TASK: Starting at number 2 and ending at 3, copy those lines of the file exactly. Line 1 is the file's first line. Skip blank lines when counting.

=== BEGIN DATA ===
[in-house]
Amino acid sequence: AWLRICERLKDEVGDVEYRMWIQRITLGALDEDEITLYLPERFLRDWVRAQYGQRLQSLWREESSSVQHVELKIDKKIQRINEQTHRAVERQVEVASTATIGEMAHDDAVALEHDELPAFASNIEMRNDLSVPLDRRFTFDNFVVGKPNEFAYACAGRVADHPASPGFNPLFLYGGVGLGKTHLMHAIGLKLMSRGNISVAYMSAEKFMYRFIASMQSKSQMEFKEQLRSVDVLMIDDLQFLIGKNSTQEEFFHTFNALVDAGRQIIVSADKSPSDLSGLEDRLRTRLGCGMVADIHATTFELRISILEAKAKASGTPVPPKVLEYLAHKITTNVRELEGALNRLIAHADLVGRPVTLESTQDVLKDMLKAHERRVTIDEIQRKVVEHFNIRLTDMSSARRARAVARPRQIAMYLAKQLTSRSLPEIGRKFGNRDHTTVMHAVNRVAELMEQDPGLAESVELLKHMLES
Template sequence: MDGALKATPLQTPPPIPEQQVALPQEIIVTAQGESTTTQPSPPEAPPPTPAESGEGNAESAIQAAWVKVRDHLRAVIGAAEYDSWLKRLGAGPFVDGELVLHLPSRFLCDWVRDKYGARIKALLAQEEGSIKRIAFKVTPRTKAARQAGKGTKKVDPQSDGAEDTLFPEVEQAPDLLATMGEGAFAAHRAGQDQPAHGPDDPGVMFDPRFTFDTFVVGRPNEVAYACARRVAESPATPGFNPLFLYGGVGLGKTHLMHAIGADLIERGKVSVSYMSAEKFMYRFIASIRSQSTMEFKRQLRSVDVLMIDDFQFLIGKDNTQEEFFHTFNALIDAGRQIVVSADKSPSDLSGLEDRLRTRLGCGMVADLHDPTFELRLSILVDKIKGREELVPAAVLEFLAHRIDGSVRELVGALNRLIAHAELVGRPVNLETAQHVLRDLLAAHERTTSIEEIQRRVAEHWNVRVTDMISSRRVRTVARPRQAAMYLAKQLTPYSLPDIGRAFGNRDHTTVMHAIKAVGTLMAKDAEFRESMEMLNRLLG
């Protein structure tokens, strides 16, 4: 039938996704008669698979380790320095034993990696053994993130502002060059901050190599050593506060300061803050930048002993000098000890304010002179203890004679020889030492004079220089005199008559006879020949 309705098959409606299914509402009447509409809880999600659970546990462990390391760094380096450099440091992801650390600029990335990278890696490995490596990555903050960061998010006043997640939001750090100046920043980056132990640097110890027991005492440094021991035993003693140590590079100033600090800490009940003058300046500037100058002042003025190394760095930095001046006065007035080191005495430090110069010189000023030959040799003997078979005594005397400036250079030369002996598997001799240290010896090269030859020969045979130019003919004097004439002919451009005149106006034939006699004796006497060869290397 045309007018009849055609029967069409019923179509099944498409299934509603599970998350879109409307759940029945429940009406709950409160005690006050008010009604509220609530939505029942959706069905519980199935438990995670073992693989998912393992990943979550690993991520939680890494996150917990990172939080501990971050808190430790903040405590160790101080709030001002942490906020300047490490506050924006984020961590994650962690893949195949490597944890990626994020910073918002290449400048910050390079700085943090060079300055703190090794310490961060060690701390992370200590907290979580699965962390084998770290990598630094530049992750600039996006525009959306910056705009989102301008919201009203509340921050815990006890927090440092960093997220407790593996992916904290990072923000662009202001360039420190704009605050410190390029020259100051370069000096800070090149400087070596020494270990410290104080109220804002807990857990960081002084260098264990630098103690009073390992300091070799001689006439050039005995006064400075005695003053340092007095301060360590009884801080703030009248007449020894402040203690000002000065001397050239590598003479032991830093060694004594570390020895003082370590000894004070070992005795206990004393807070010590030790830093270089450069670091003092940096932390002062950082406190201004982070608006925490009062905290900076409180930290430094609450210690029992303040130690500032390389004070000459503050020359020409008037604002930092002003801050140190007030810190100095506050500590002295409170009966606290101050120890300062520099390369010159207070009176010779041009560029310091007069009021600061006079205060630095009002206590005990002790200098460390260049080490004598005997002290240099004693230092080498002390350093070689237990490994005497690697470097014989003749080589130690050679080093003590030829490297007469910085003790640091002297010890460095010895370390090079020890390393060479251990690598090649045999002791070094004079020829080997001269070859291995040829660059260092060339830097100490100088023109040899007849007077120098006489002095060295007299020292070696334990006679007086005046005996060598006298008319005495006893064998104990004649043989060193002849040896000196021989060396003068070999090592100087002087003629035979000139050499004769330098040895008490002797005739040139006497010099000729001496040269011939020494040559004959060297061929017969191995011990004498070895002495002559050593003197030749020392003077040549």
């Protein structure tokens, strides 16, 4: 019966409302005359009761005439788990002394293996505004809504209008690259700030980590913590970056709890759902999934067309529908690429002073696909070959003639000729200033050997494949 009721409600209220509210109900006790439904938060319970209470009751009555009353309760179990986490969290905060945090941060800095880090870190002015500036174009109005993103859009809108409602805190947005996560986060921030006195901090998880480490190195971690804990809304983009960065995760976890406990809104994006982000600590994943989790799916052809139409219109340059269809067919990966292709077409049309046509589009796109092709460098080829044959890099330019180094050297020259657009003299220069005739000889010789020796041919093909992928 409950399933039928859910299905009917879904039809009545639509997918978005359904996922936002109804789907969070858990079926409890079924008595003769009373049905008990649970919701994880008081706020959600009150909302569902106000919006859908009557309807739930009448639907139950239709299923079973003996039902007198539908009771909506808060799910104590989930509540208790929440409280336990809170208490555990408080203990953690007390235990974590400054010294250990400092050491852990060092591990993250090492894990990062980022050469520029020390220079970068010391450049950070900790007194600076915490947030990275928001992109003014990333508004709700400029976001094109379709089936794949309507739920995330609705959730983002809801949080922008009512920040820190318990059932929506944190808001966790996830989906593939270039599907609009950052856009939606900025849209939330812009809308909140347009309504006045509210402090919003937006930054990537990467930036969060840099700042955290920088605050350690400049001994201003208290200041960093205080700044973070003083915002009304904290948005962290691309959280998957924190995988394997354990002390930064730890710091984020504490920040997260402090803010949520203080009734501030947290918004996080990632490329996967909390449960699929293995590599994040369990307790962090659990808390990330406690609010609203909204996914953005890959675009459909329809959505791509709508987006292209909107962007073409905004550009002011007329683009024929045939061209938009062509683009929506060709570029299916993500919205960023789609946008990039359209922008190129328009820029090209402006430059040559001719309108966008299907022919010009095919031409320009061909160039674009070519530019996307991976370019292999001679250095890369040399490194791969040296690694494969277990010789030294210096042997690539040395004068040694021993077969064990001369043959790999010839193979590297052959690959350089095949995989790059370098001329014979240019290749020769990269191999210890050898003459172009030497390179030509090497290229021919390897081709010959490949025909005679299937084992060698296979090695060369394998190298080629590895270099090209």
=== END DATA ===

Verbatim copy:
Amino acid sequence: AWLRICERLKDEVGDVEYRMWIQRITLGALDEDEITLYLPERFLRDWVRAQYGQRLQSLWREESSSVQHVELKIDKKIQRINEQTHRAVERQVEVASTATIGEMAHDDAVALEHDELPAFASNIEMRNDLSVPLDRRFTFDNFVVGKPNEFAYACAGRVADHPASPGFNPLFLYGGVGLGKTHLMHAIGLKLMSRGNISVAYMSAEKFMYRFIASMQSKSQMEFKEQLRSVDVLMIDDLQFLIGKNSTQEEFFHTFNALVDAGRQIIVSADKSPSDLSGLEDRLRTRLGCGMVADIHATTFELRISILEAKAKASGTPVPPKVLEYLAHKITTNVRELEGALNRLIAHADLVGRPVTLESTQDVLKDMLKAHERRVTIDEIQRKVVEHFNIRLTDMSSARRARAVARPRQIAMYLAKQLTSRSLPEIGRKFGNRDHTTVMHAVNRVAELMEQDPGLAESVELLKHMLES
Template sequence: MDGALKATPLQTPPPIPEQQVALPQEIIVTAQGESTTTQPSPPEAPPPTPAESGEGNAESAIQAAWVKVRDHLRAVIGAAEYDSWLKRLGAGPFVDGELVLHLPSRFLCDWVRDKYGARIKALLAQEEGSIKRIAFKVTPRTKAARQAGKGTKKVDPQSDGAEDTLFPEVEQAPDLLATMGEGAFAAHRAGQDQPAHGPDDPGVMFDPRFTFDTFVVGRPNEVAYACARRVAESPATPGFNPLFLYGGVGLGKTHLMHAIGADLIERGKVSVSYMSAEKFMYRFIASIRSQSTMEFKRQLRSVDVLMIDDFQFLIGKDNTQEEFFHTFNALIDAGRQIVVSADKSPSDLSGLEDRLRTRLGCGMVADLHDPTFELRLSILVDKIKGREELVPAAVLEFLAHRIDGSVRELVGALNRLIAHAELVGRPVNLETAQHVLRDLLAAHERTTSIEEIQRRVAEHWNVRVTDMISSRRVRTVARPRQAAMYLAKQLTPYSLPDIGRAFGNRDHTTVMHAIKAVGTLMAKDAEFRESMEMLNRLLG